Why is this so important? It’s important so you can tailor your reason and justification to the right person for requesting a higher salary than what was originally offered. This is a very strategic way to get your point across by articulating how you can meet the wants and needs of the person that is the decision maker.

If it is in fact the hiring manager during the interview process you can ask the right questions to see what their wants and needs beyond what was listed on the job posting. You can use this information to reassure them that you can meet their needs if you obtain the role, and because you will meet their needs you desire to be compensated appropriately. It can be a win win situation for everyone involved! Your job is to articulate this so they can understand why you deserve the pay you are negotiating for.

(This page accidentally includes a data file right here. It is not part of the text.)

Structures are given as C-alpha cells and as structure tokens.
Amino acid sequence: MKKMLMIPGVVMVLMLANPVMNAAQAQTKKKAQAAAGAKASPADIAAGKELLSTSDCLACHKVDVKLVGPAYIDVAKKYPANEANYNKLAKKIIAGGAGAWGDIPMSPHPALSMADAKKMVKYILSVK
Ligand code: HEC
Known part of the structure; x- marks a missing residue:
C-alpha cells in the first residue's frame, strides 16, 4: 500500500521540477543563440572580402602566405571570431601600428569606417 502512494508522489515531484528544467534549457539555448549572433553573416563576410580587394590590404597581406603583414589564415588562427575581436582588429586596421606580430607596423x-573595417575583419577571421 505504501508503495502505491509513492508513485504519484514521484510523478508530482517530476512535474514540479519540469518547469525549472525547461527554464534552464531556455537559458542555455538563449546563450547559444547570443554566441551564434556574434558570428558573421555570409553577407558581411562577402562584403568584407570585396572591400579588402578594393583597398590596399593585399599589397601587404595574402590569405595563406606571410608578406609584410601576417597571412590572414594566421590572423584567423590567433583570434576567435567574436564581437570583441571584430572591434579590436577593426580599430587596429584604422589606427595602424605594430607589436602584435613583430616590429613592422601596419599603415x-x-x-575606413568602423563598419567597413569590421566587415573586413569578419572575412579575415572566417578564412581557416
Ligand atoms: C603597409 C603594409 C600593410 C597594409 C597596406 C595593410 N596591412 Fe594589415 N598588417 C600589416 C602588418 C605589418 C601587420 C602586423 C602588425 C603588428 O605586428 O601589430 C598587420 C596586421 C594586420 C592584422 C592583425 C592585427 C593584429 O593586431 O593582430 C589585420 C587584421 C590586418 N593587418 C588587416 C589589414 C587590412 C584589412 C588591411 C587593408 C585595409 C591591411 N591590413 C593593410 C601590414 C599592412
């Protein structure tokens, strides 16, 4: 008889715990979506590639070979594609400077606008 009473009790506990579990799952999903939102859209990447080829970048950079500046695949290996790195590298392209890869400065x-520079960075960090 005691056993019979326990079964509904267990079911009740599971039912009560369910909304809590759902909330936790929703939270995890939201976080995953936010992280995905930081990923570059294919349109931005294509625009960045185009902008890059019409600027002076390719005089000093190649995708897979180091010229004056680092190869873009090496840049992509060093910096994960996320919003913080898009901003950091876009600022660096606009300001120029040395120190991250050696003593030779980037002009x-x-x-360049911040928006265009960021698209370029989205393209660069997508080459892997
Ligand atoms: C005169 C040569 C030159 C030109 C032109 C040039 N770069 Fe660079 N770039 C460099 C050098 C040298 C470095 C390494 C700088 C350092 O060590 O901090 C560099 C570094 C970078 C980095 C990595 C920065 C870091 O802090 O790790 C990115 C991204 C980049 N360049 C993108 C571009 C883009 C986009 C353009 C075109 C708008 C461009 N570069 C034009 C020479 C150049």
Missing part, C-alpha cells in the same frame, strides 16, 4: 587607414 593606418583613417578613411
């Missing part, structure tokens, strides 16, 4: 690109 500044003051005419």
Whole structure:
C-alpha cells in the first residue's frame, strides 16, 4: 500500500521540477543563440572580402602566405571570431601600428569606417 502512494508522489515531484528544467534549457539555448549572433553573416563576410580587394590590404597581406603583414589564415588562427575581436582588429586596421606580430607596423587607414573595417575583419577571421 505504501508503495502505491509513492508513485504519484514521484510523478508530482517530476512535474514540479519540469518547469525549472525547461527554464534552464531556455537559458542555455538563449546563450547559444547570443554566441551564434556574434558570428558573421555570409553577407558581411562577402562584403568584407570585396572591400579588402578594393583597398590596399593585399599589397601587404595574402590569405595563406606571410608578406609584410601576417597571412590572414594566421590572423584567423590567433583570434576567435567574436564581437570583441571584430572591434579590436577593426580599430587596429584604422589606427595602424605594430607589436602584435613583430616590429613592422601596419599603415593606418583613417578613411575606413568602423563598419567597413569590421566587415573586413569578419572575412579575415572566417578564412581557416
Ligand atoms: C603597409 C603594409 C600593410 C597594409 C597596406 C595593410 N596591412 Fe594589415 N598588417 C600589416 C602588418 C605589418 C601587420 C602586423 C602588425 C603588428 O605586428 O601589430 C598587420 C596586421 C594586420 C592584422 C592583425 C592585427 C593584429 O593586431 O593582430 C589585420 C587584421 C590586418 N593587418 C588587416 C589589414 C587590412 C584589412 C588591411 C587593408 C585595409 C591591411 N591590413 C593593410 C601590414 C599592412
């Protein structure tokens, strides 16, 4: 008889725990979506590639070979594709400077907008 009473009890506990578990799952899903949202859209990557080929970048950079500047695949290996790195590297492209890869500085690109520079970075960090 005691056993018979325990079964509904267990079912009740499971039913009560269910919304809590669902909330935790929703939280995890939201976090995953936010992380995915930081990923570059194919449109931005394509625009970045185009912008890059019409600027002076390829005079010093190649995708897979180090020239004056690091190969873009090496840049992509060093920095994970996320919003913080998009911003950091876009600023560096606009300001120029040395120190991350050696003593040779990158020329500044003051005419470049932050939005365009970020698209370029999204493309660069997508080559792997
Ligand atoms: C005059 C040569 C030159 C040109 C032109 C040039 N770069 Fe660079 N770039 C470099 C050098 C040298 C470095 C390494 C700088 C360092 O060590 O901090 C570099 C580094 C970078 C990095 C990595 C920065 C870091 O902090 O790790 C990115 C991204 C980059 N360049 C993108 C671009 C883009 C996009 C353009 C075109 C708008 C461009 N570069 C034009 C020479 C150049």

Don’t discuss salary by email. Have discussions about salary negotiations over the phone or in person if at all possible.

Negotiating salary is a discussion where both parties can articulate their wants, needs, and expectations. A salary should fairly compensate an employee for their work. A negotiation discussion only needs to take place when the prospective employee believes they should be compensated more than what they are offered. Therefore, it’s good to have that conversation the good old-fashioned way, in an actual conversation. In an actual conversation there’s less of a chance of words being misinterpreted. Instead sincerity can be heard, and there can be an even exchange between both parties, so a resolution can be made where the ultimate outcome is that both parties feel a fair compensation was determined. The last thing you want is for the employer to feel you just want more money and don’t deserve it, or that your past experience doesn’t reflect being compensated at your desired level of compensation.